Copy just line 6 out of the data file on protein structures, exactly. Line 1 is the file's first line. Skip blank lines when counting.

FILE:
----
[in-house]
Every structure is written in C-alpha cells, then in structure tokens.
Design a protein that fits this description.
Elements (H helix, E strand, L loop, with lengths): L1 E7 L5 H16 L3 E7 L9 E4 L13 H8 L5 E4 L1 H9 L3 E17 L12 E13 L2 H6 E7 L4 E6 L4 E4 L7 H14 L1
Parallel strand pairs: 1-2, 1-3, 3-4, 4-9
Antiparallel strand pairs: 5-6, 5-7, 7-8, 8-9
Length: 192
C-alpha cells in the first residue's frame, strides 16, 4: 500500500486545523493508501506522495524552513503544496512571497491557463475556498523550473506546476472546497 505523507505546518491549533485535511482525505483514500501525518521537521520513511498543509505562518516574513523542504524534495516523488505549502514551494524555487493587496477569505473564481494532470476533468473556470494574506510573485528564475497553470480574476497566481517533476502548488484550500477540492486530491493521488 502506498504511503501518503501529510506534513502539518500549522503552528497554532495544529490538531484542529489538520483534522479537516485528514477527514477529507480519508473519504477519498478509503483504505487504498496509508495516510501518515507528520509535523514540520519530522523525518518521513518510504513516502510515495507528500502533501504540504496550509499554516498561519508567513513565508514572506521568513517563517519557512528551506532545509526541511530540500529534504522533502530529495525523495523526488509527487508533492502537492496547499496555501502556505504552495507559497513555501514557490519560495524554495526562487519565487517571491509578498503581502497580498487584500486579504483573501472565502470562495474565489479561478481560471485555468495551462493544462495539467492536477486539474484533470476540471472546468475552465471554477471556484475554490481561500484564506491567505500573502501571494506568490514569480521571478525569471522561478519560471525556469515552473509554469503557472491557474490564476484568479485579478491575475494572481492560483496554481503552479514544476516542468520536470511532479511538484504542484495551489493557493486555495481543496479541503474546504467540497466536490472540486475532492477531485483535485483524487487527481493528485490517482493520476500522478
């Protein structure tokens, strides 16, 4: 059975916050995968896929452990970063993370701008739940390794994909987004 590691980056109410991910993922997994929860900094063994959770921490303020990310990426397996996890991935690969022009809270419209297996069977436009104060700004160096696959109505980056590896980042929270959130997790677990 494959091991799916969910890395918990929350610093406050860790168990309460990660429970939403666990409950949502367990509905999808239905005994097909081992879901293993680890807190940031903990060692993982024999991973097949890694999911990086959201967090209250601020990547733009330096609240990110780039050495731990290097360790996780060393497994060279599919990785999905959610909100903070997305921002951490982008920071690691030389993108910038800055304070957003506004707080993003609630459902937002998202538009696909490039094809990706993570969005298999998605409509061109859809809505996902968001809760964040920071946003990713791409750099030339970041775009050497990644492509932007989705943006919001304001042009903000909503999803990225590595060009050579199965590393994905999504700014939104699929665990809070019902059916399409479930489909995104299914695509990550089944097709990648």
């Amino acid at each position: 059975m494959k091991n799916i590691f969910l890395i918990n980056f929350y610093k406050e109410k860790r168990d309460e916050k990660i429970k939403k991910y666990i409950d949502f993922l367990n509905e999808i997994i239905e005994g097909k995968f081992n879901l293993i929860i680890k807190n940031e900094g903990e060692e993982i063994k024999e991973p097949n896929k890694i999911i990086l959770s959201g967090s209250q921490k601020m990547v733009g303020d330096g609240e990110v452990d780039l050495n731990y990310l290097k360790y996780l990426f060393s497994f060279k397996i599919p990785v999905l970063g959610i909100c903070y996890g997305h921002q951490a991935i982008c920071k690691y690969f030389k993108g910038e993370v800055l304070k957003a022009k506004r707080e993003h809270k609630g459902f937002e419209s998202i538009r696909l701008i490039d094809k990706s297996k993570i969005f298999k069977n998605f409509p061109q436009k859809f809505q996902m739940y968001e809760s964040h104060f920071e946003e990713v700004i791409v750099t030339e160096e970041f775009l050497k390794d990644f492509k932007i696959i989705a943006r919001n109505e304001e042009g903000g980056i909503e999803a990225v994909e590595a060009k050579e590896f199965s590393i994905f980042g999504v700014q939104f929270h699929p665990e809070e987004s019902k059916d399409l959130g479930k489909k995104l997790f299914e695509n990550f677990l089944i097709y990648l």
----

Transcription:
Antiparallel strand pairs: 5-6, 5-7, 7-8, 8-9